Watchmen (Movie)

The Watchmen graphic novel has received critical acclaim both in the comics and mainstream press, and is regarded as a seminal text of the comic book medium.1

In just 10 days, the movie adaptation of this tumultuous alternate reality comes to movie theatres around the United States.

Last year, a number of comic based movies were released… and after The Dark Knight won two Oscars this past weekend, it’s becoming very evident that (with quality directing and vision) even comic book movies can now be worthy of critical acclaim be considered “art.”

Watchmen has every opportunity to be 2009’s Dark Knight.  The movie appears to make no concessions with it’s original story and style.  It’s a more mature graphic novel than your traditional Marvel and D.C. comics, and the great minds behind the movie adaptation rightfully stuck with this image (rather than compromising the mature content to try and appeal to the masses with a PG-13 rating).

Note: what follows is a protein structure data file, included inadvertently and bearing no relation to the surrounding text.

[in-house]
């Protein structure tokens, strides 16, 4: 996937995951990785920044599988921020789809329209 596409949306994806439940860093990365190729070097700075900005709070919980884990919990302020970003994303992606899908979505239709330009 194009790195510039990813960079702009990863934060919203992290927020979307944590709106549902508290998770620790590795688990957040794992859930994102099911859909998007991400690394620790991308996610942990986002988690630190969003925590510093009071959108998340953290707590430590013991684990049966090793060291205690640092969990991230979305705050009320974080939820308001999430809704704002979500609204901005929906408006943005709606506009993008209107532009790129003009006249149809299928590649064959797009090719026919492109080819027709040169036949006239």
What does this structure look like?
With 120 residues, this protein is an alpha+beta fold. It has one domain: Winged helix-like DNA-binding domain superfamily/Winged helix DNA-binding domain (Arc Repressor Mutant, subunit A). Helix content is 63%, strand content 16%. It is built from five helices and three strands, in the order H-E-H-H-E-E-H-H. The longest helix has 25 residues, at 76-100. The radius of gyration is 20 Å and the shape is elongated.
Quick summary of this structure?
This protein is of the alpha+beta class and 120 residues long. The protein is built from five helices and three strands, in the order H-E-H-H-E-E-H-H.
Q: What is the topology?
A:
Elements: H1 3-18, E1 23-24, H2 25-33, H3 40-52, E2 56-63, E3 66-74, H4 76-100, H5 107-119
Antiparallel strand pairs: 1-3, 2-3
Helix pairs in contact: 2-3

The director (and ultimate source of success or failure for a movie such as this) is none other than Zack Snyder (pictured right).  He is the same director that was responsible for the revolutionary movie 300 (2006) as well as the remake of Dawn of the Dead (2004).  If ever there was a director that could portray the graphic nature of Watchmen, Snyder is it.

The Jury is still out as to exactly how successful the movie will be when it releases in little over a week’s time, but at first glance it appears that all the pieces are in place Watchmen to be an outstanding piece of motion picture art.

If you haven’t heard about Watchmen, check out a quick summary of the storyline and the theatrical trailer (below):

Watchmen takes place in an alternate history United States where the country is edging closer to a nuclear war with the Soviet Union, freelance costumed vigilantes have been outlawed and most costumed superheroes are in retirement or working for the government. The story focuses on the personal development and struggles of the protagonists as an investigation into the murder of a government sponsored superhero pulls them out of retirement and eventually leads them to confront a plot by one of their own to stave off nuclear war by killing millions of innocent people.1

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